There’s not enough access to healthcare. Expanding Medicaid to cover patients who are uninsured is not enough—a lot of doctors don’t take Medicaid. There needs to be adequate access on the healthcare provider side. Medicine is extremely commercialized (this is the subject of my next book). Costs run rampant—so how do we institute effective cost control while maintaining quality? And how do we get doctors to buy into cost control knowing it will eat into their income? Pay for performance is a problem because it causes doctors to ignore other aspects of care and focus on what’s rewarded.

You mention in internship that “there’s no reward for clinical excellence, only the sound of your own hand patting your back.” Why do you think that is? How could it change?
The time factor. In teaching hospitals everything is compressed. There’s a big emphasis on getting patients in and out—we’re only paid for the admission, no matter how long they stay. There isn’t the luxury of ruminating on problems. There was a time doctors would put in the hours. Not there’s less time per patient, and the patients in the hospital now are a lot sicker than they used to be. Interns and residents don’t savor difficult cases due to external pressures. There’s also a disdain for unique, original thinking. The emphasis is on checklists, following protocols.

How does the fear of a lawsuit play into that?
The checklists and protocols or guidelines have morphed into a prescription for care, rather than broad guidelines for care. Not doing what we know works is the biggest problem in healthcare. We take it too far and stifle innovation, using a one-size-fits-all approach. It’s a disservice to interns and residents to train them that way.

How did the residency work hour limits trade one set of problems for another?
A rested resident doesn’t know you. A tired resident does. It’s about continuity of care. There’s a big push to limit on call to 16 hours, followed by a five-hour nap, then a few hours to tie things up before leaving. This increases the number of handoffs. A lot of what we do in medicine can be done in fatiguing conditions. I’m not advocating for 36 hours on for a resident, because that can be dangerous for the patient and the resident. But you have to see enough stuff as an intern/resident to practice independently. There is no right answer. We need to experiment with limits.

Do you think the “July phenomenon” still exists? Why or why not?
It’s never been proven, but people talk about it.

You helped an NPO patient avoid a feeding tube, and likely a major case of depression. What made you give him one more chance rather than write him off?
He didn’t want a feeding tube. I have always sympathized with people who have swallowing difficulties. I love to eat! Some patients are ok with the idea of a life of liquid fed through a tube, but if not, there are patients who would do just as well with careful hand feeding. This can be time consuming, and too often a tube is just put in.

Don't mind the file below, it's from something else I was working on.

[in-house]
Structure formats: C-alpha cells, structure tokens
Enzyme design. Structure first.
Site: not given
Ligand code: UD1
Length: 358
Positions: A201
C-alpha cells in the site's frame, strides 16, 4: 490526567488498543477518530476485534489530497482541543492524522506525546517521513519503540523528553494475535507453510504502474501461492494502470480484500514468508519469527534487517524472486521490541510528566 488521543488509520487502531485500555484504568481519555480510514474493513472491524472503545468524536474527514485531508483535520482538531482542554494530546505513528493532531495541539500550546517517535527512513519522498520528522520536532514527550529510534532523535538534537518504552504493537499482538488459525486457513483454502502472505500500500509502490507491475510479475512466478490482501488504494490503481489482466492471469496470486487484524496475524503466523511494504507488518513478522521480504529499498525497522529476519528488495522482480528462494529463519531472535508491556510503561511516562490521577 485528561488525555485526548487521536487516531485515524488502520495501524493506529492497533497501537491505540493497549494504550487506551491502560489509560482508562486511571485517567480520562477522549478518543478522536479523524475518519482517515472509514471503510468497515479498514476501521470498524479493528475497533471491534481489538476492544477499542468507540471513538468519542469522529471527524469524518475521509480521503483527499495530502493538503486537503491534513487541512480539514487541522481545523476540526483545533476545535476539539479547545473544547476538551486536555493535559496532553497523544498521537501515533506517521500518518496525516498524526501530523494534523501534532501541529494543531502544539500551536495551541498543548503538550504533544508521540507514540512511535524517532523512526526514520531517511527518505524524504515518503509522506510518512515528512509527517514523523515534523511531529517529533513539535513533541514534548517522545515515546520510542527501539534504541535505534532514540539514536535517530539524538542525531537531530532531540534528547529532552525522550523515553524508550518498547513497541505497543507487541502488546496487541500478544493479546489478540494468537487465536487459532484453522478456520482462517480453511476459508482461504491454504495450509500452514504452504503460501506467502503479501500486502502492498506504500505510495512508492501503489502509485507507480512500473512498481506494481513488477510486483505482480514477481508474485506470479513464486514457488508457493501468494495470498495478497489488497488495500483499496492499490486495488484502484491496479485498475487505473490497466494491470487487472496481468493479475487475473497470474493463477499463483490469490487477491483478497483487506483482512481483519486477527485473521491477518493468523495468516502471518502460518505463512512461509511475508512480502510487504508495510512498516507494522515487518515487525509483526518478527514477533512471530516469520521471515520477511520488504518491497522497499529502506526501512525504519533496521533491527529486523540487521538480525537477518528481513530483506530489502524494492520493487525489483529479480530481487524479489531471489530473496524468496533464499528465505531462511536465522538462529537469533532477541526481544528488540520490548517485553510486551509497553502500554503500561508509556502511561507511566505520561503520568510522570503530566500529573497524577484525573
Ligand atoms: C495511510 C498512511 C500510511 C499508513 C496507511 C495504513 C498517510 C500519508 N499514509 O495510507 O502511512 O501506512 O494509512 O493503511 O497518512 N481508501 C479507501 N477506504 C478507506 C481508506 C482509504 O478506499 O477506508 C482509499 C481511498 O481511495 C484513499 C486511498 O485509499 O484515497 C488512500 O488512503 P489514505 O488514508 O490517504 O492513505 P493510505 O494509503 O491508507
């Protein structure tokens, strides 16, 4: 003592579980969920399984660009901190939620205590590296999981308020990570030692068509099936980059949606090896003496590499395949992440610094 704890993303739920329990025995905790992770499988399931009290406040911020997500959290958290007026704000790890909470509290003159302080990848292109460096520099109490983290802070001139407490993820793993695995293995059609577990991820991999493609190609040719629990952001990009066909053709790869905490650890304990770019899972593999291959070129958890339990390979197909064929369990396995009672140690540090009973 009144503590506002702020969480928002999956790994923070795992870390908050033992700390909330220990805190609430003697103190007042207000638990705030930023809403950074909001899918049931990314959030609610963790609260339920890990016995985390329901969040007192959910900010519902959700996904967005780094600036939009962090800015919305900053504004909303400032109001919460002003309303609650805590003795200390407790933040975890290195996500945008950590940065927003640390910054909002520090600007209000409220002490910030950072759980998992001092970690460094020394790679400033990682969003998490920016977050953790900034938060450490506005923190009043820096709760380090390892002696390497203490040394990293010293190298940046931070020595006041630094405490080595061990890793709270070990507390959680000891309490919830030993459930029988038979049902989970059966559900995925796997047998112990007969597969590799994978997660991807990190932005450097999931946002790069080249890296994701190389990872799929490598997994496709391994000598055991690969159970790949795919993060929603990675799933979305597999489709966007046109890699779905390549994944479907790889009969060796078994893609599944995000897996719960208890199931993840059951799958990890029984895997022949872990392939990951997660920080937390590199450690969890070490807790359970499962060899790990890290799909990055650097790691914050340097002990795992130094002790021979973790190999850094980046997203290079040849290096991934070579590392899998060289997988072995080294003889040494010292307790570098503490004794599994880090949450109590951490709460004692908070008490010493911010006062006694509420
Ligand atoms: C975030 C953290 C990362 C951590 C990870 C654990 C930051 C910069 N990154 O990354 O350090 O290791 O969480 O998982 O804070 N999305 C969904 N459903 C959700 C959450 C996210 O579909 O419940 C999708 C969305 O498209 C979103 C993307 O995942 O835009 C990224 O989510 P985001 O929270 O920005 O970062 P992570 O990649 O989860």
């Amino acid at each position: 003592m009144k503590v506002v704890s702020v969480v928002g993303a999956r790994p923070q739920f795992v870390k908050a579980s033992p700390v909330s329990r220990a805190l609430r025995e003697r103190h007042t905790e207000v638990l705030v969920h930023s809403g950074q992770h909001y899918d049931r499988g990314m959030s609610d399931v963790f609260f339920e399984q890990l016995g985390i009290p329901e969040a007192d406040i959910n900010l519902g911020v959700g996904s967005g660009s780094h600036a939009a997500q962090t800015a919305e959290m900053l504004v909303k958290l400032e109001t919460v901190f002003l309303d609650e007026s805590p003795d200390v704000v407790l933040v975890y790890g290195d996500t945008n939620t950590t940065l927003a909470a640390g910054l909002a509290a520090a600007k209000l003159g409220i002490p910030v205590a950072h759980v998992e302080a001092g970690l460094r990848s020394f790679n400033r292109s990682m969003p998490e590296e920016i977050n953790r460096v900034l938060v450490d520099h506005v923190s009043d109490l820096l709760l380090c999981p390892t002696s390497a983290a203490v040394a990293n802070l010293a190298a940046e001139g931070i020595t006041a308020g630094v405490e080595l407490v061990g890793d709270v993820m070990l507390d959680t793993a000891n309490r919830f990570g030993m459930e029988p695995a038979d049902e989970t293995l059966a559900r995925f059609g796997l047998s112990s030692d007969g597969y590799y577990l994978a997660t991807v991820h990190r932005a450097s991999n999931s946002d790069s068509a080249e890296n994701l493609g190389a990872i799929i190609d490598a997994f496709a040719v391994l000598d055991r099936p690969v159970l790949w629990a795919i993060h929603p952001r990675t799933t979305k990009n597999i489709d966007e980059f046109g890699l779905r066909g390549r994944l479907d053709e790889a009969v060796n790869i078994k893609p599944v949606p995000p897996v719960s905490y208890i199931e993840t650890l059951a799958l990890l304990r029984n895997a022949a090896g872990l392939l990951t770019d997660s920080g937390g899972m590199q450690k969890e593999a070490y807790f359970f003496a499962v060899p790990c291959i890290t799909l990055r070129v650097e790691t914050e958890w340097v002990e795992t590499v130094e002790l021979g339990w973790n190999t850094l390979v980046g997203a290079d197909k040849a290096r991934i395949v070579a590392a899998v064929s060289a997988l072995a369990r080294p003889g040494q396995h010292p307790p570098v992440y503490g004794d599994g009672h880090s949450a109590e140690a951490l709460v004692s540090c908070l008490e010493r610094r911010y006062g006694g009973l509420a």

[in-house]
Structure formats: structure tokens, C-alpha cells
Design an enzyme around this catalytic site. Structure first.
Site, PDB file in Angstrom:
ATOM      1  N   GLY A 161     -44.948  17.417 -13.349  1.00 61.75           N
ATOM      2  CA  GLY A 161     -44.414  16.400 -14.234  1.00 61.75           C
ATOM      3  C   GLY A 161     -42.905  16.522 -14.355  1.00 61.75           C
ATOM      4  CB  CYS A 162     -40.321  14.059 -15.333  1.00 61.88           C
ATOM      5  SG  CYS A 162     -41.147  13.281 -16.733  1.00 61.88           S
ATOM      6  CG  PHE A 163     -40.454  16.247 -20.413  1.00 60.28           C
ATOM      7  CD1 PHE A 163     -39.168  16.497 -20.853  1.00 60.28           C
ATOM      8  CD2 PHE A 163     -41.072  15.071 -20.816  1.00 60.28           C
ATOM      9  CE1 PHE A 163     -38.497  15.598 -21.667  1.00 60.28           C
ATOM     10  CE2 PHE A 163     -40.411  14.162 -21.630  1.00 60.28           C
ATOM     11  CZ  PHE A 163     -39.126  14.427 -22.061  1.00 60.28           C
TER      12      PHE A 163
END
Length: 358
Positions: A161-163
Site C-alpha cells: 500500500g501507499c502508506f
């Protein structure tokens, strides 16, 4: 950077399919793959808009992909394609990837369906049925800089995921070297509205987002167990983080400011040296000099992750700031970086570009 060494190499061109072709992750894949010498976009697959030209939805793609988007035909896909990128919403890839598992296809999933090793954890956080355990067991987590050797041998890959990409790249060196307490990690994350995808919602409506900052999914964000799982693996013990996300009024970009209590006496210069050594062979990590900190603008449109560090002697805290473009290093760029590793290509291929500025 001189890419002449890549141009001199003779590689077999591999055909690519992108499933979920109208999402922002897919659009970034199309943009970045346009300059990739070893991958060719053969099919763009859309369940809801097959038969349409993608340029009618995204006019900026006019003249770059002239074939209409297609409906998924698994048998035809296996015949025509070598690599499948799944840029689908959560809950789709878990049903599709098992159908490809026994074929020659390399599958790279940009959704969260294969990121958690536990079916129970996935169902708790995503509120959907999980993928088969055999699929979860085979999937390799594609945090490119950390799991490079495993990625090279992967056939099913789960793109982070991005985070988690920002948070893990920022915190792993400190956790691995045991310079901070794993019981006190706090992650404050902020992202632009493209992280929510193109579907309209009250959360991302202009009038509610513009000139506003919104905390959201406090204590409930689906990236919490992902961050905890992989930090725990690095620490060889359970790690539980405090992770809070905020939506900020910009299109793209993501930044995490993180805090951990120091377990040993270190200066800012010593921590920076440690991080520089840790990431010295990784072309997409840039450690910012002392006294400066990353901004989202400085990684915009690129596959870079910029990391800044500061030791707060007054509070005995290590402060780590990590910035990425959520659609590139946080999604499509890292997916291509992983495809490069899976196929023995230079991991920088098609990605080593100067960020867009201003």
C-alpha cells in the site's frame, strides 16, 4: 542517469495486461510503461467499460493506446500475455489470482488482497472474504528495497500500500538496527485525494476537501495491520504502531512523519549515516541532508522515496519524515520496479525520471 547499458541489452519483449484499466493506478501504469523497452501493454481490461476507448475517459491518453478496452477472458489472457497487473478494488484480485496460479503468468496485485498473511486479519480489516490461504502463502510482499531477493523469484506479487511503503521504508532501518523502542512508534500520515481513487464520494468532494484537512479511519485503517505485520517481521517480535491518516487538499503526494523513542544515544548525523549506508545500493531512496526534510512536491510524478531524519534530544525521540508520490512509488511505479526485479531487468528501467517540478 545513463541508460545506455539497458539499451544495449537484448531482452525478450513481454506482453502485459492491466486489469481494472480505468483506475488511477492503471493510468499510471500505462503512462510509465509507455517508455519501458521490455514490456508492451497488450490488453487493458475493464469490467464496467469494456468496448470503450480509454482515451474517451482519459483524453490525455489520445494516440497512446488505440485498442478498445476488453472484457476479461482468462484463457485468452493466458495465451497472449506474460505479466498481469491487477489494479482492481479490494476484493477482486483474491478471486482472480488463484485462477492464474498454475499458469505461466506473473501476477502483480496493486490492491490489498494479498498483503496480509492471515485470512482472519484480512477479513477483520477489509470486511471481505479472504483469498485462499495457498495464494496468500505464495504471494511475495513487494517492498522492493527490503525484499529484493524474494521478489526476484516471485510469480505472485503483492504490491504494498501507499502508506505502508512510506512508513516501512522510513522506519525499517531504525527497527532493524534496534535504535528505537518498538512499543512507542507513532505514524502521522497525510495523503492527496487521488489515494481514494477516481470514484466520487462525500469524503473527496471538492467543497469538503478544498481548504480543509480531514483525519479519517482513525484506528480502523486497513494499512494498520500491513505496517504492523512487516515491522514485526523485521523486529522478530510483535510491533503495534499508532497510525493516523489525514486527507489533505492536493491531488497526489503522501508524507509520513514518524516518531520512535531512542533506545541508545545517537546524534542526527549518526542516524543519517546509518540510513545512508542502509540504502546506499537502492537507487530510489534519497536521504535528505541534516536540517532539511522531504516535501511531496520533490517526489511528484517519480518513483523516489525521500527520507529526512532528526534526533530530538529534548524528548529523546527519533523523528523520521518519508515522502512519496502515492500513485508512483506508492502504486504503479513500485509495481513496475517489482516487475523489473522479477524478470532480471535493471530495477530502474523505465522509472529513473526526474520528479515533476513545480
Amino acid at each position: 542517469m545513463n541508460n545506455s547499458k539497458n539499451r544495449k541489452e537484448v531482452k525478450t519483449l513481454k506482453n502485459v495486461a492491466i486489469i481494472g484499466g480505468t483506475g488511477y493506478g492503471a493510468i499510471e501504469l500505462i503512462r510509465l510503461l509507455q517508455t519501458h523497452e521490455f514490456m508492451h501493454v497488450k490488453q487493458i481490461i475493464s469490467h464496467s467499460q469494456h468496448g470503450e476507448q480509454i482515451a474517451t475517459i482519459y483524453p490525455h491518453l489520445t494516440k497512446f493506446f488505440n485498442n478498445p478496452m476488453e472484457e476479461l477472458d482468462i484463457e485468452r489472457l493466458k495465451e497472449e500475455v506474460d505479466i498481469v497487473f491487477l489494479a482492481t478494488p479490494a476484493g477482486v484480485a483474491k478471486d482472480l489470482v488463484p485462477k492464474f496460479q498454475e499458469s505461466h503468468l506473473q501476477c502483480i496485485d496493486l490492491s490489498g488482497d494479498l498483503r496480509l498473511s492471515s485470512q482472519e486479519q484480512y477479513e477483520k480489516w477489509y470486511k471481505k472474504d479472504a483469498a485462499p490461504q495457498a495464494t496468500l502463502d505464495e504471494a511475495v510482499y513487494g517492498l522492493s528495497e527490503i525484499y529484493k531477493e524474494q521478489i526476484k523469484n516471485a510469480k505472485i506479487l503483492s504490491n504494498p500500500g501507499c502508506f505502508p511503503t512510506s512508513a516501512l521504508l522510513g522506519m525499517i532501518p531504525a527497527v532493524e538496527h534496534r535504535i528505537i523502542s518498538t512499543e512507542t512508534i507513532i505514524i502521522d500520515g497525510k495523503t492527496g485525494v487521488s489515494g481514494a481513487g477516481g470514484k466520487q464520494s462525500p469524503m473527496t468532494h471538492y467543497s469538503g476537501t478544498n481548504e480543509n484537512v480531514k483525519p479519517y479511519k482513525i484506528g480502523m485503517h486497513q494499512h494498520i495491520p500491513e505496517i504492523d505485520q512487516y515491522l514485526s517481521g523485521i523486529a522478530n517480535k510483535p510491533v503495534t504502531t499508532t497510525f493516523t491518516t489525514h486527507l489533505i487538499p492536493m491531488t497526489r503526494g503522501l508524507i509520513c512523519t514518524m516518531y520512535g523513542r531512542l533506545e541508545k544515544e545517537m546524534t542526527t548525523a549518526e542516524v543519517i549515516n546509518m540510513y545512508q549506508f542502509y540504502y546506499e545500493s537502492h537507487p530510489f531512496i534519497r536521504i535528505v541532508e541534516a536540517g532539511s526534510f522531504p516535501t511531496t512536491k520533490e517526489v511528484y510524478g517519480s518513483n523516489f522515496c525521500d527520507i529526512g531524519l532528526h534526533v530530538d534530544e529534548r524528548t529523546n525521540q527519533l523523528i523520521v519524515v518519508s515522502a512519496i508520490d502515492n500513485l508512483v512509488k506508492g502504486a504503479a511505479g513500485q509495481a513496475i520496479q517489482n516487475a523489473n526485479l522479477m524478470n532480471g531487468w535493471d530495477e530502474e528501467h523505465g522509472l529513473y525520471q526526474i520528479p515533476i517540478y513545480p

What did you learn from the very first code you ran (the HIV patient)?
I was always very afraid of running the code team, but I got passively good at it. I didn’t enjoy barking orders. My first code was a disaster. Once you lose people in a situation, it’s hard to reassert yourself in the moment. A lot of it was memorizing protocols. You have to know your stuff.

What are the pros and cons of following in a sibling’s footsteps in medicine?
It was hard living up to expectations. Rajiv (my brother) is confident, quick witted, fast, charismatic, and handles pressure well. It was positive to follow his lead, as well.

Along the way, you freelanced in journalism. Why did you find time for writing? Why was it important to you?
Writing was a way to process what I was doing in the hospital. I would create a narrative to understand things. I also find it a relaxing process—I enjoy the process of writing and putting my opinions out there. I’m fortunate to be skilled at writing, and people wanted to read what I wrote. Medicine is a fertile field for writing. We’re allowed into patients’ lives in a deep, intimate way.

Why do you think doctors are uncomfortable with uncertainty?
We have a sense from early on that doctors have the answers. Sometimes there is no answer, and we must come to accept it. Patients can have a hard time accepting that. When my girlfriend had lupus, I couldn’t understand why there were no answers about lupus. In physics there is so little uncertainty, most things you can predict.

Why do you think your unwillingness to act reflexively makes you a better doctor?
At first I thought I had to be willing to act in an impulsive way sometimes. I was worried I wouldn’t be a good intern/resident/doctor because I didn’t act impulsively. As I went on in medicine, I saw that my lack of impulsiveness was more of a strength.